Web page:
Joanna Cherry is MP for Edinburgh South West has been in the news recently amidst all the Westminster Brexit Bourach. Here she is giein’ it laldy to Sammy Wilson of the DUP (from 3 minutes into the video) with Jacob Rees-Mogg looking dumfoonert.
Please come to the AGM and bring your friends with you – especially if they haven’t quite made up their minds about Scottish Independence yet.
Ever had a simple argument put to you even though there is no evidence to support it? Ever wondered why you had clear facts rejected? Facts alone do not change people’s opinions. What is going on here? How you we deal with these situations?
Reframing is a technique which shows us how to to put our point across without reinforcing other people’s existing preconceptions. In many cases presenting clear facts actually reinforces people’s existing misconceptions. How we reframe establishment propaganda is perhaps the biggest single challenge facing us in working for self-determination for Scotland.
So this month, our Greater Glasgow Group has invited Bill Mills to come and talk to us. The session will introduce the concepts of Framing and Reframing, and relate them to the current situation in Scotland. Followed by Q&A.
We’ve already posted about the Scottish Independence Convention (SIC) new fund-raising campaign This Is It. With over £103,000 in the kitty from the current fund-raiser they are beginning to take on staff.
Currently they are looking for a Campaign Co-ordinator. The role will involve developing and delivering a campaign to lift support for Scottish independence to well above 50%, and will require effective responses to rapidly moving news and political agendas. A track record in organising and running campaigns and the ability to manage staff in a small organisation are essential.
On November 9th the Pensioners for Independence were lucky enough to have Christina McKelvie come and talk to us in Glasgow. Members of Pensioners for Indy attended from Edinburgh, Midlothian, Dumfries and other branches as well as Glasgow.
The talk was organised by Mary McCabe, Co-Convenor of Pensioners for Independence National group. Here is her account of the event:
Christina is Minister for Older People and Equalities in the Scottish Government. However we introduced ourselves to her as a YES group rather than a support group for senior citizens and she addressed us not on behalf of the Scottish Government but as a fellow independence activist.
In 2016 First Minister Nicola Sturgeon announced a Growth Commission to look at the issues that face Scotland’s economy and the opportunities we can seize with independence. The Commission has now published its final report – click on the image to go to the report website where you can download the report.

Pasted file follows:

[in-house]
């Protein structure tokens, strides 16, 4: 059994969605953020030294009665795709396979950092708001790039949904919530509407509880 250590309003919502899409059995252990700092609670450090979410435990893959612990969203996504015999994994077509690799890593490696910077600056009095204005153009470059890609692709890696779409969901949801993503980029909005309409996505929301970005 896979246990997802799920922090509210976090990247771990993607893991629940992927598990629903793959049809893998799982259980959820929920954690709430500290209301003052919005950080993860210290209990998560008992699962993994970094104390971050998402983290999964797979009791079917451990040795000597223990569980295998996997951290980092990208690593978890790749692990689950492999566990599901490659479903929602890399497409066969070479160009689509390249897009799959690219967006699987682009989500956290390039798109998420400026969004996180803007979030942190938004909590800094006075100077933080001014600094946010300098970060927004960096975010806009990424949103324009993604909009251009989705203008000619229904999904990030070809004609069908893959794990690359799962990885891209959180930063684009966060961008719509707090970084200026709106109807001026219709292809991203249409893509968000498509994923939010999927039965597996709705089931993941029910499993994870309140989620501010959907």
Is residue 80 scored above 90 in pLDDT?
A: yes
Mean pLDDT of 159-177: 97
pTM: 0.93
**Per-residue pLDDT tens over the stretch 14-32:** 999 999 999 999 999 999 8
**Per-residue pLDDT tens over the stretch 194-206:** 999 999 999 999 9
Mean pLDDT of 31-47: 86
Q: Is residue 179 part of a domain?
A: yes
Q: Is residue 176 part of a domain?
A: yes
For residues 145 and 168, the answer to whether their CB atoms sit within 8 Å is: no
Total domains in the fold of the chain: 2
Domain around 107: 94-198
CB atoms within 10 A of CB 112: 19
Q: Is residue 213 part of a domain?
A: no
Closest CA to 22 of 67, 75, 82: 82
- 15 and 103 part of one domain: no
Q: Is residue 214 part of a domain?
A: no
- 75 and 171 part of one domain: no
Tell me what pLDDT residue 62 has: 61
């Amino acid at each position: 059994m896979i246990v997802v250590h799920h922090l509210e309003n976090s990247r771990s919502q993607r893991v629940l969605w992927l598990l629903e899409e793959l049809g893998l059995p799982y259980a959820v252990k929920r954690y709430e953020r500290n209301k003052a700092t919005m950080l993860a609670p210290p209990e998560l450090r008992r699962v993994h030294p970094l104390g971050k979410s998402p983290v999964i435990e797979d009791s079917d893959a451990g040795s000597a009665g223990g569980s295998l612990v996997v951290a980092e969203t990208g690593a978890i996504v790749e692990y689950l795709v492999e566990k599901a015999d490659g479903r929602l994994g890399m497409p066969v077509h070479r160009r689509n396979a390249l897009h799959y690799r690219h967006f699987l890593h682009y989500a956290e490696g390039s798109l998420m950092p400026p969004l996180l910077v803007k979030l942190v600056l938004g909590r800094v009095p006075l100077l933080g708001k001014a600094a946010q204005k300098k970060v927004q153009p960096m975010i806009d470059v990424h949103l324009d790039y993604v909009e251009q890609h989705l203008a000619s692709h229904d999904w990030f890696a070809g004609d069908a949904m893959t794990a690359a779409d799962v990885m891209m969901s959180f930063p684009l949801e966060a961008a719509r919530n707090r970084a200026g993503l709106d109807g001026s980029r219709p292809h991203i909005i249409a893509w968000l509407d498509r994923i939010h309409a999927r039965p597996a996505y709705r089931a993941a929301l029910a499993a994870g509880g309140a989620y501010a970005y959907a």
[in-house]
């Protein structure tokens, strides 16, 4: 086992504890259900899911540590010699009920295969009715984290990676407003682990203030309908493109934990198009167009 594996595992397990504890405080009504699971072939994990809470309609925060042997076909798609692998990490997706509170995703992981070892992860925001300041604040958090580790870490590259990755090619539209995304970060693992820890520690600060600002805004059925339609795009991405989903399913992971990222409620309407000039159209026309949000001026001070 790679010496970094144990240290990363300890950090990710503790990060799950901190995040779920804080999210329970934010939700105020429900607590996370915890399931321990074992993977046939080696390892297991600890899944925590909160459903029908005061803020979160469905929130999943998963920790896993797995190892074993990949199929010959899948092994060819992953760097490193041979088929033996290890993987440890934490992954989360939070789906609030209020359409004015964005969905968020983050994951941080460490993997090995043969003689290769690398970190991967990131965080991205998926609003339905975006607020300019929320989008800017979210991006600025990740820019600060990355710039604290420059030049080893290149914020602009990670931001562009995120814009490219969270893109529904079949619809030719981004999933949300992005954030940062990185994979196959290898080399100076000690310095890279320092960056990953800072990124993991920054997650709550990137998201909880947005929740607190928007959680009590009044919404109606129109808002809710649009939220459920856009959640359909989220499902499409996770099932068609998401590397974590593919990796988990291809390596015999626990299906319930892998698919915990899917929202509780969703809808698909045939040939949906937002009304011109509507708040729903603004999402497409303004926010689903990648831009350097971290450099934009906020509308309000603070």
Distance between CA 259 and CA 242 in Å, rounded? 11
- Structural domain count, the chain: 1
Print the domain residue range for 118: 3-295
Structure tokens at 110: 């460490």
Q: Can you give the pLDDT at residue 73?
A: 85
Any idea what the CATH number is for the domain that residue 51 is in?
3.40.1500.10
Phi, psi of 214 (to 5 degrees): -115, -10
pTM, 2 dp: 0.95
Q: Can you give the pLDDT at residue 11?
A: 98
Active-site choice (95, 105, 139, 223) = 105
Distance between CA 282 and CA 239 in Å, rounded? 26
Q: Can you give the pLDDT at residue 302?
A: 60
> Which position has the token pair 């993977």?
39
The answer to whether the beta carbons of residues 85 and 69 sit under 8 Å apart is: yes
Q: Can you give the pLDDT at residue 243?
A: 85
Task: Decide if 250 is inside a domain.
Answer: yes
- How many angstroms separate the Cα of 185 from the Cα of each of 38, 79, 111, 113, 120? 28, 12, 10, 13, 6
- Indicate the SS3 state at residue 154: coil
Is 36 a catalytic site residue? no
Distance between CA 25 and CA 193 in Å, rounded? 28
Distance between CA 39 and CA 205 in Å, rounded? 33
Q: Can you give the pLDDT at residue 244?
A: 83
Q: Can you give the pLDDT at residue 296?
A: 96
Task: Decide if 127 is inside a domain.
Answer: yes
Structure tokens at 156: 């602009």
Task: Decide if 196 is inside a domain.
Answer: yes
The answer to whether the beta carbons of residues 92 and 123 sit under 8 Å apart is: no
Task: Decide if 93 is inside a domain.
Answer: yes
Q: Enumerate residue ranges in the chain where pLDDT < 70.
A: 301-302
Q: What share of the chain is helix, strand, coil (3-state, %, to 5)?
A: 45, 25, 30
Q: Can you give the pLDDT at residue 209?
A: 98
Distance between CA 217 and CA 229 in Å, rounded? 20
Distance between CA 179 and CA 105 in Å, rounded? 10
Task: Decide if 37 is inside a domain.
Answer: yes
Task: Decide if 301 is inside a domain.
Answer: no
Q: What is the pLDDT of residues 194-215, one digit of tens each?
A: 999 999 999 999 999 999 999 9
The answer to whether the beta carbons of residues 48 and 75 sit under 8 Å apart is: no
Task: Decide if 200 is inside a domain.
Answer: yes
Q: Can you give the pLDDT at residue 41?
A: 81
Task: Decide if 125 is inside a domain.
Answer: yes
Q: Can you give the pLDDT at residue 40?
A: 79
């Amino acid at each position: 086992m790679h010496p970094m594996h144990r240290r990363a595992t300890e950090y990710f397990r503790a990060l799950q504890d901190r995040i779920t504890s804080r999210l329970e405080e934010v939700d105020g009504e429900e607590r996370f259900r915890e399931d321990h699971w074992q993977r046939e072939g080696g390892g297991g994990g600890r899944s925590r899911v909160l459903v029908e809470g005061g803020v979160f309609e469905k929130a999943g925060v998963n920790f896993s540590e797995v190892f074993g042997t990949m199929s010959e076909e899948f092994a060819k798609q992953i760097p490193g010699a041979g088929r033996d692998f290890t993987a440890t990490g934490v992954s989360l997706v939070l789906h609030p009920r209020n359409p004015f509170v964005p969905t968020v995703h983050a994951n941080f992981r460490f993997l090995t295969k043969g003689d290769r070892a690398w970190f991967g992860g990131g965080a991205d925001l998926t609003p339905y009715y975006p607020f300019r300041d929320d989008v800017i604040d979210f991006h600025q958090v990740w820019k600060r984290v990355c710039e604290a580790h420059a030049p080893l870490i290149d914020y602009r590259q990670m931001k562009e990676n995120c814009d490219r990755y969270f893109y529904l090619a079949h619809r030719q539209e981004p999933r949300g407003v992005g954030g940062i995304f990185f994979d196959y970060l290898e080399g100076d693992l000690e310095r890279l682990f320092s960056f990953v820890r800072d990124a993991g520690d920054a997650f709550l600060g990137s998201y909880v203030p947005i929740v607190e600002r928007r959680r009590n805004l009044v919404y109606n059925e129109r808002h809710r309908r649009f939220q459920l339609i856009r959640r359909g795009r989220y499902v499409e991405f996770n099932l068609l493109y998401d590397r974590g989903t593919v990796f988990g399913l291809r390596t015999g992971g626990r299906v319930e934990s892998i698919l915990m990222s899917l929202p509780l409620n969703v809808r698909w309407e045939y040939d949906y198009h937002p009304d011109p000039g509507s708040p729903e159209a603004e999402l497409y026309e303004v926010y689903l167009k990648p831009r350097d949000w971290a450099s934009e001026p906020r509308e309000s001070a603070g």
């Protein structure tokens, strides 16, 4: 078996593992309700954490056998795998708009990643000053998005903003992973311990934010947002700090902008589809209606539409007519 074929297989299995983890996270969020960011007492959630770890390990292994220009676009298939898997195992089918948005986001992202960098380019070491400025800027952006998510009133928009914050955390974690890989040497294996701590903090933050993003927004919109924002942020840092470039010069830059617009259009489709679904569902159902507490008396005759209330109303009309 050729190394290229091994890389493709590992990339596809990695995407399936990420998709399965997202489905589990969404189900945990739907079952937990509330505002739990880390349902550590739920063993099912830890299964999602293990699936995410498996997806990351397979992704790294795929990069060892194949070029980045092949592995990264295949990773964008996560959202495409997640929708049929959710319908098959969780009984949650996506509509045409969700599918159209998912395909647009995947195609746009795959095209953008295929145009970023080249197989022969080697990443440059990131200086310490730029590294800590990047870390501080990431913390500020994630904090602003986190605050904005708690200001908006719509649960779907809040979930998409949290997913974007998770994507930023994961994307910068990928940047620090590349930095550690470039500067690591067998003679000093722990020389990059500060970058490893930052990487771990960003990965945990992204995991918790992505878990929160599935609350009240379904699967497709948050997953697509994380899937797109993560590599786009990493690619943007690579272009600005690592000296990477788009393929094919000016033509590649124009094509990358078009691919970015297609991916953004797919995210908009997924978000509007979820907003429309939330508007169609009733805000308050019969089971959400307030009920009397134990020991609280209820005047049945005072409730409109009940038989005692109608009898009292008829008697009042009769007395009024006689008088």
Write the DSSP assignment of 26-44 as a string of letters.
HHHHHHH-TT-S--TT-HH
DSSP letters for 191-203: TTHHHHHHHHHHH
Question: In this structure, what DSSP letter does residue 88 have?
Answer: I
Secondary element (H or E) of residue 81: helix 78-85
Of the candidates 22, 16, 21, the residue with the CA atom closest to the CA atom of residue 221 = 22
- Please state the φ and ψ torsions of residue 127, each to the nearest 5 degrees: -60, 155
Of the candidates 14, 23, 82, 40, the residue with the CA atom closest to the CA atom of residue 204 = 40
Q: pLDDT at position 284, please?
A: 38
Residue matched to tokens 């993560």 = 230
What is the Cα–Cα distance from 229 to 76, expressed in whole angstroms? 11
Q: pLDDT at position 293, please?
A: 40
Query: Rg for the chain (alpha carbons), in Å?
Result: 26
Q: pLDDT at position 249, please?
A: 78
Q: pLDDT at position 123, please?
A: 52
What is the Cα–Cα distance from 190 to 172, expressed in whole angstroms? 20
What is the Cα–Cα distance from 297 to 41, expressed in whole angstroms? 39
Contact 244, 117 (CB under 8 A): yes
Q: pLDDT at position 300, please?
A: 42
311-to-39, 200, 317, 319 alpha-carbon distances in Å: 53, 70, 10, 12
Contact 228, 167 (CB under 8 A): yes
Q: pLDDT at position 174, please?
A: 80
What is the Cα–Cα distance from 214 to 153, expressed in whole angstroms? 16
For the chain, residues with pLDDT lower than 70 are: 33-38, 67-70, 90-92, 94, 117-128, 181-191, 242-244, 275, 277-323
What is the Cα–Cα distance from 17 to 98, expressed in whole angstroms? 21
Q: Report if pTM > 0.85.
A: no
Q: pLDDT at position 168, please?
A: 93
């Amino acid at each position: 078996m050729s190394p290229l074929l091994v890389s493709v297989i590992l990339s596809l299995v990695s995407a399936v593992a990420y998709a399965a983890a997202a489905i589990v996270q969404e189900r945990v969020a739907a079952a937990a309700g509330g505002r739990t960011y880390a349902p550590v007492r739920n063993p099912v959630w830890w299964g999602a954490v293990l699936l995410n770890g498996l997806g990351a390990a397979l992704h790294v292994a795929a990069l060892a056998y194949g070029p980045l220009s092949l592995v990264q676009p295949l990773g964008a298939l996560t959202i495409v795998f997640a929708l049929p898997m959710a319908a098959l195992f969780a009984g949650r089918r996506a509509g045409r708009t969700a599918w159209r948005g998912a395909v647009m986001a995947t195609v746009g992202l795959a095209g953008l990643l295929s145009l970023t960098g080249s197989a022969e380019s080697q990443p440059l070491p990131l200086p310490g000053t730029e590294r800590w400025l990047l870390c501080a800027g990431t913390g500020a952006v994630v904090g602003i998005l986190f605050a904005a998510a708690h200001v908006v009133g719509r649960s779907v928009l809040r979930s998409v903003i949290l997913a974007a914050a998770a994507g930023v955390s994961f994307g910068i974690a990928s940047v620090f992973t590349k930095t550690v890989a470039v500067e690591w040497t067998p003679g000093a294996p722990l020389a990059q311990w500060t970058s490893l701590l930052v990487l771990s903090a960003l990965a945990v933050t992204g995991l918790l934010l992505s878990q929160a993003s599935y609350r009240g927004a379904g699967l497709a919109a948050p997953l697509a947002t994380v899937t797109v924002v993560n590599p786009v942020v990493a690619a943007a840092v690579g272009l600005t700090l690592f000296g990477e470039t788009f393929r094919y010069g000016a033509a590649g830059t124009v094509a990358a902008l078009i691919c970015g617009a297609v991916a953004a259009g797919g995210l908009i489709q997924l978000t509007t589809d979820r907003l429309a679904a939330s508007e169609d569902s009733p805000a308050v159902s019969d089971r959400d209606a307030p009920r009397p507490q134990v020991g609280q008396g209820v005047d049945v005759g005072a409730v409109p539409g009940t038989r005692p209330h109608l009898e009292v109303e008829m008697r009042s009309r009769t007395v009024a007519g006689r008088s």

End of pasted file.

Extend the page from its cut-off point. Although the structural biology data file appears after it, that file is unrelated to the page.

In November economist and former Edinburgh MP, George Kerevan spoke at a public meeting organised by the Edinburgh & Lothians Group of P4Indy who asked him to talk about the Growth Commission Report.
Keith McLeod, of the Edinburgh group, reports that there was an audience of around 35 folk to listen to the former MP and a lively Q&A session afterwards. His talk was recorded by Edinburgh RIC. Here it is… it’s easier to catch what he says if you use headphones!
Sleigh bells ring, are you listening
in the lane snow is glistening
A beautiful sight, we’re happy tonight
walking in a winter wonderland
Yesterday was the first meeting of the Greater Glasgow P4Indy Choir!
Alan Logue, convenor of the Greater Glasgow group, suggested at a recent meeting that if we had an entertainment group then we could offer to go to pensioners’ lunch clubs, and day centres. Alan’s idea has been enthusiastically taken up by Mary McCabe, another Glasgow group member, who suggested that we could form a choir!
There are around 350,000 Scotswomen affected by the transition to equality in men and women’s State Pension Age. The initial Westminster Pension Age Act was in 1995 and it set out a gradual pathway to equalise the pension age for men and women. But in 2011 a second Pension Age Act increased the rate of change for women and increased the overall pension age to above 66. This has created a group of women who are partially badly affected. Women born in the mid-50s are losing six years of their State Pension.